The fact that individuals can logon to their online brokerage site and buy dog-sh!t penny stocks that are 10,000X more risky than most hedge funds or FOFs. Ditto for OJ futures on 10% margin, ditto for stock fraud which is probably 1000 times larger than all of the hedge fund blow ups combined. How about an example?

My girlfriend and I were driving to breakfast the other day (Auntie Em’s in Eagle Rock which is amazing btw) and we passed this billboard.

How is it possibly legal for a pink sheets company trading at $.05 to advertise their stock symbol on a LA freeway, but a hedge fund manager cannot even let it slip that he even runs a fund? Out of curiosity, I pulled up the page for the company, Copper King Mining. Not only is the CEO wasting shareholder money advertising their stock symbol on billboards, but they hired Peterman from Seinfeld to be the spokesman for the company! Peterman!!

A few gems from their website:

Over the next five years, Copper King is projected to extract:

230,200,000 lbs. Copper
115,100 ounces Gold
11,510,000 ounces Silver

Based upon current market prices, the value of these minerals would be:

Copper: $893 M
Gold: $112 M
Silver: $234 M

It is estimated that with current proven reserves Copper King could process 2400 tons or ore per day for approximately 10 years producing almost $282,100 per day of revenue or $102,966,500 annually. Of course, proven reserves are a small fraction of what is believed to be in the Milford Mineral Belt.

Unbelieveable. And just when I thought my billboard was a unique find, how about this press release:

Copper King Mining Corporation (Pink Sheets: CPRK), under the direction of its PR Firm Alexander Lindale L.L.C., has installed 55 full-sized billboards in LA County with 24 to follow in Utah. The billboards invite people to come and view the website for Copper King.

In conjunction with the billboards, there will be the release of a several-minute video news release on Copper King Mining that will be sent to several thousand TV stations via satellite uplink, and several thousand radio talk shows, newspapers and trade magazines. The purpose of the advertising blitz is to bring public awareness to Copper King Mining, a major employer in Milford, Utah, and provide an educational experience in the history and development of copper in the United States.

Truly depressing.

Contrarianism and The Market Portfolio

I like to think about what the most contrarian position is in the financial markets. It really has to be long term bullish on the dollar, right? (Leave a comment with any other suggestions.)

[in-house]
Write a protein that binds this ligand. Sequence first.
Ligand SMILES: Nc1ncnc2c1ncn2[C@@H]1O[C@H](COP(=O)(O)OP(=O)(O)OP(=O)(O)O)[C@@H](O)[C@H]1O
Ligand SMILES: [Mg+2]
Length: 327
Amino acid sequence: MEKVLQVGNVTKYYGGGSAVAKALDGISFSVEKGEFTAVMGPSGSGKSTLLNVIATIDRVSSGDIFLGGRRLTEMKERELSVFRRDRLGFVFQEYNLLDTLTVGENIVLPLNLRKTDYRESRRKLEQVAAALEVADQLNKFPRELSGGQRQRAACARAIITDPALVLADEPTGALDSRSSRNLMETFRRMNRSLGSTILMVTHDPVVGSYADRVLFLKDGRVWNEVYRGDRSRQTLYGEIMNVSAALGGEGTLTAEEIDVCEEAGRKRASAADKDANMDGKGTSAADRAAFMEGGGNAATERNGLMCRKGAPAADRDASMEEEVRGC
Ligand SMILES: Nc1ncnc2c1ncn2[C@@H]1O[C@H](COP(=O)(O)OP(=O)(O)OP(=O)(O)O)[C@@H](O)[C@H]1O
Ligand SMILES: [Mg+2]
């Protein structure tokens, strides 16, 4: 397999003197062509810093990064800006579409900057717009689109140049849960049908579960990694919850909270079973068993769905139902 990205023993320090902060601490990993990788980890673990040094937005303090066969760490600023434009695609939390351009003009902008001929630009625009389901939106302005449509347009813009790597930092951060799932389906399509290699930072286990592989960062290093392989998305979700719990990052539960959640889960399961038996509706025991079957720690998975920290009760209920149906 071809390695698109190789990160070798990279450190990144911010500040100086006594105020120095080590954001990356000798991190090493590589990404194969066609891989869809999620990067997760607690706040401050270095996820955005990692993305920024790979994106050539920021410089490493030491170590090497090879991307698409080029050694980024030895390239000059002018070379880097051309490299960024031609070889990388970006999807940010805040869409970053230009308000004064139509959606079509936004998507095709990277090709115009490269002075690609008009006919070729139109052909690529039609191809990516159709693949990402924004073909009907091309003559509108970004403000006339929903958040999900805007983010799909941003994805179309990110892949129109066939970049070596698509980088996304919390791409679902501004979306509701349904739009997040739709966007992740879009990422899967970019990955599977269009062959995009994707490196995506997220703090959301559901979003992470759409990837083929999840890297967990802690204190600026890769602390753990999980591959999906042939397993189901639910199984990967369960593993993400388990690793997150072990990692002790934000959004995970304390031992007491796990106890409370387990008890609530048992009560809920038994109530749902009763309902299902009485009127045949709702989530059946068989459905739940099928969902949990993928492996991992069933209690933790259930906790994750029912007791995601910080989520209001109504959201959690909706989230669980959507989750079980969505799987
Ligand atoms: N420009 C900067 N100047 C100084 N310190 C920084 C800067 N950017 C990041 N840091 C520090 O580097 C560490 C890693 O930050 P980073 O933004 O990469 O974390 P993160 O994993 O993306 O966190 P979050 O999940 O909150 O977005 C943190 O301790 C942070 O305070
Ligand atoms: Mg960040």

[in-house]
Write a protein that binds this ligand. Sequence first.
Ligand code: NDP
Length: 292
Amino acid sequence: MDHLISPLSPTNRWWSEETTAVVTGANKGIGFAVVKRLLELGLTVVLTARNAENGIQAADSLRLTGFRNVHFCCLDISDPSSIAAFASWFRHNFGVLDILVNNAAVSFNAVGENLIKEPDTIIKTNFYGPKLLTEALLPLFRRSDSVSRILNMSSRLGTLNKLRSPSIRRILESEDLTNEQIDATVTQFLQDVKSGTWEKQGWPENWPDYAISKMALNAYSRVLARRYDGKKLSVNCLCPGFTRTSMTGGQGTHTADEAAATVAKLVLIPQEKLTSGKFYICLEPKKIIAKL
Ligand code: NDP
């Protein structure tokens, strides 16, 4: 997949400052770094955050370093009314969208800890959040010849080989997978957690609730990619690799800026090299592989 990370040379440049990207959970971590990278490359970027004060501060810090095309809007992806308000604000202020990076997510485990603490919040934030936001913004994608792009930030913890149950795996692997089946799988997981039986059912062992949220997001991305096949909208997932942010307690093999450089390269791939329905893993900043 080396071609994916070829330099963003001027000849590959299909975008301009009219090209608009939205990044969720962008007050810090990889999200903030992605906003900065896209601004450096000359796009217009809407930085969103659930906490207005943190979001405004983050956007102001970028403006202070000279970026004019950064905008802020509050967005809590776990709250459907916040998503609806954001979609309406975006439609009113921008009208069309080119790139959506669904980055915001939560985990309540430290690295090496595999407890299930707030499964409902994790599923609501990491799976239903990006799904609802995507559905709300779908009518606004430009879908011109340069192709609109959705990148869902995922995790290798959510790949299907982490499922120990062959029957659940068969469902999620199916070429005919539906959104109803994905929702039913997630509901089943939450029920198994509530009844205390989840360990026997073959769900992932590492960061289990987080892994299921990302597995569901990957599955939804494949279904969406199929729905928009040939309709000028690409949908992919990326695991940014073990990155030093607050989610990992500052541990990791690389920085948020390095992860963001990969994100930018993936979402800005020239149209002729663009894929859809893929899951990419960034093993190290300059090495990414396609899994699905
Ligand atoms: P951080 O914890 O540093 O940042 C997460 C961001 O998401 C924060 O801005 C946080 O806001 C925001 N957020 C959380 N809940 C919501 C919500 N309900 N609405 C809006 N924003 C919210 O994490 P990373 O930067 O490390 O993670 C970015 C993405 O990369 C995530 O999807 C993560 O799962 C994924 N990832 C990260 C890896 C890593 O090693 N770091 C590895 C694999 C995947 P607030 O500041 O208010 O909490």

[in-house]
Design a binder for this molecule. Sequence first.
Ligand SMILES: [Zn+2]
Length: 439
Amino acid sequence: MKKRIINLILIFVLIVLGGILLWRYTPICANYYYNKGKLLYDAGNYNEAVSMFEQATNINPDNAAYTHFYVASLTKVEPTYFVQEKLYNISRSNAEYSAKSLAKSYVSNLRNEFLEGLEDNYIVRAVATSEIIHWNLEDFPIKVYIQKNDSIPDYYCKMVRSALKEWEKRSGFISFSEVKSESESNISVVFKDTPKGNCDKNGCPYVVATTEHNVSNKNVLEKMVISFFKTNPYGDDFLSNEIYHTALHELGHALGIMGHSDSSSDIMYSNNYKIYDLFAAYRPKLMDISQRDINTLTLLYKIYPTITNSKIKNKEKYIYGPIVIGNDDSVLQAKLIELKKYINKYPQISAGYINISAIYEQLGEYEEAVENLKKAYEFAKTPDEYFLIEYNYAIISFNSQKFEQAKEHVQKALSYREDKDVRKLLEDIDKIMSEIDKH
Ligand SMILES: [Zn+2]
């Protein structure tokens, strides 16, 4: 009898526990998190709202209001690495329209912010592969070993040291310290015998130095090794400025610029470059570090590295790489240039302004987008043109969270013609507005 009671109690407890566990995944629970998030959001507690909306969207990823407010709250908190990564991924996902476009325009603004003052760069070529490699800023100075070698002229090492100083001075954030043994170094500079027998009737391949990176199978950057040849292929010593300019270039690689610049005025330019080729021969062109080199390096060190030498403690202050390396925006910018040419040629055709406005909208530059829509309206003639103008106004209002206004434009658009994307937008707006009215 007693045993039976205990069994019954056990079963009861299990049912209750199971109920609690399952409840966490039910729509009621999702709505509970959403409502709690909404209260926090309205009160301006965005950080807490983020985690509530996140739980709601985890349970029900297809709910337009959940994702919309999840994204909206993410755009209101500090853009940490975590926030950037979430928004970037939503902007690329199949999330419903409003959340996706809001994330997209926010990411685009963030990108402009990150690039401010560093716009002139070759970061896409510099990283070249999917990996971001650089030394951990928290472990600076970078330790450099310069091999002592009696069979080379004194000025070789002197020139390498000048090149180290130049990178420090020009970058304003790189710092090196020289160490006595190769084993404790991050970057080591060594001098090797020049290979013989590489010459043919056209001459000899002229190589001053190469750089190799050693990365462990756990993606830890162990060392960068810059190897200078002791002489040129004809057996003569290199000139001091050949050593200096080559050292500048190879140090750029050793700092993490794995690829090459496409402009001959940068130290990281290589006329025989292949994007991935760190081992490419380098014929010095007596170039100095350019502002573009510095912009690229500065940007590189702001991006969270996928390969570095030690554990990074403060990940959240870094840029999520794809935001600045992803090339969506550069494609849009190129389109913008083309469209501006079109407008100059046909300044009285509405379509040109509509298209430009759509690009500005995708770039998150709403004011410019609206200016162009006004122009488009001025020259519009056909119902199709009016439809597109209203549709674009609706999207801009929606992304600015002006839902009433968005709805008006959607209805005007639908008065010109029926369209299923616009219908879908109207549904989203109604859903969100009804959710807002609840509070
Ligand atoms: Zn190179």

In a somewhat related note, want some Yuan? New currency income ETFs launch.


Apparently, institutional investors are good at intra-quarter timing of trades.


I don’t understand why there are not any funds that attempt to track the global market portfolio as defined by market cap? Seems like a simple portfolio to own (owning everything). I wrote an article last Summer about the topic, and came up with some rough figures. I think the PowerShares Autonomic (could they have come up with a worse name?) ETFs are close, but still no commodity holdings.

James Picerno at the Capital Spectator has a nice article here.


I love it – become an instapreneur.


I wonder if any investors in private equity hedge their holdings – either on a constant or tactical basis? It would make sense to me to use a simple moving average to hedge a PE portfolio since the biggest threat is a long bear market which dries up deals and exits.

Here is a list of the top 50 Private Equity firms.


Want to know when you are going to run out of money? Retirement Forecaster is a nice (free) program.


Yesterday I walked past the (very nice) offices of Superfund, a great marketing company ….errr, I mean a managed futures offering. Their fees border on the absurd:

Charges to each Series per year (payable pro rata on a monthly basis): 1.85% Management Fee, 1% Organization and Offering Expenses, 0.15% Operating Expenses, 4% Selling Commission, 3.75% Brokerage Fee AND very high round trip costs (Performance results are reported net of all fees and expenses)

Incentive Fee: The Incentive Fee is calculated on a monthly basis and applies to any new appreciation, if any, only. The Incentive Fee is 25%.

Old Bloomberg article here.


Posts have been light due to all of my traveling (and flights getting canceled). I hope to catch up later this week. Although I forgot how much I love NYC (even when it is rainy and nasty like it is right now). One of these days some one will figure out why the pizza here is so much better than in LA.


Sat down with the Mark Yusko in Chapel Hill (he used to run the UNC endowment). Lots of moving parts at his firm Morgan Creek, who manages the Endowment Fund (Salient), the Hatteras Funds, and the Tiger Select Funds. I think their late stage VC fund is pretty interesting.


Also sat down with the manager of Quantitative when I was in Charlottesville. Jaffray is one of those people I could talk to for hours – extremely interesting. Not a bad equity curve either (from IASG):


I am not sure why Lehman wouldn’t launch a foreign listed hedge fund (or private equity) ETN first, but here is a copycat private equity ETN. I wonder if the ETN structure will get around the foreign listed funds getting taxed as current income?


Lots of different commodity indexes.


Nice day for hedge consensus and best ideas holding Mastercard (MA). Third Point, Marsico, Viking, Tiger, Ruane Cuniff, Lone Pine, Atticus, Bridger, Blue Ridge, Heebner, and DE Shaw all owned it as of the last 13F.


If you have nothing else to do, a paper from the Journal of Psychoanalysis.


Longleaf, Dodge and Cox, and Sequoia are all reopening.


I wish they offered this class when I was at Virginia. In an unrelated note, they just dedicated a building to Julian Robertson this past weekend led by head donor John Griffin (Blue Ridge Capital).


I picked a bad week to leave LA – the Milken conference looks pretty interesting, and even has a panel on Econoblogging. At least most of the content is online.

Page 122 of 151« First...102030...120121122123124...130140150...Last »
Web Statistics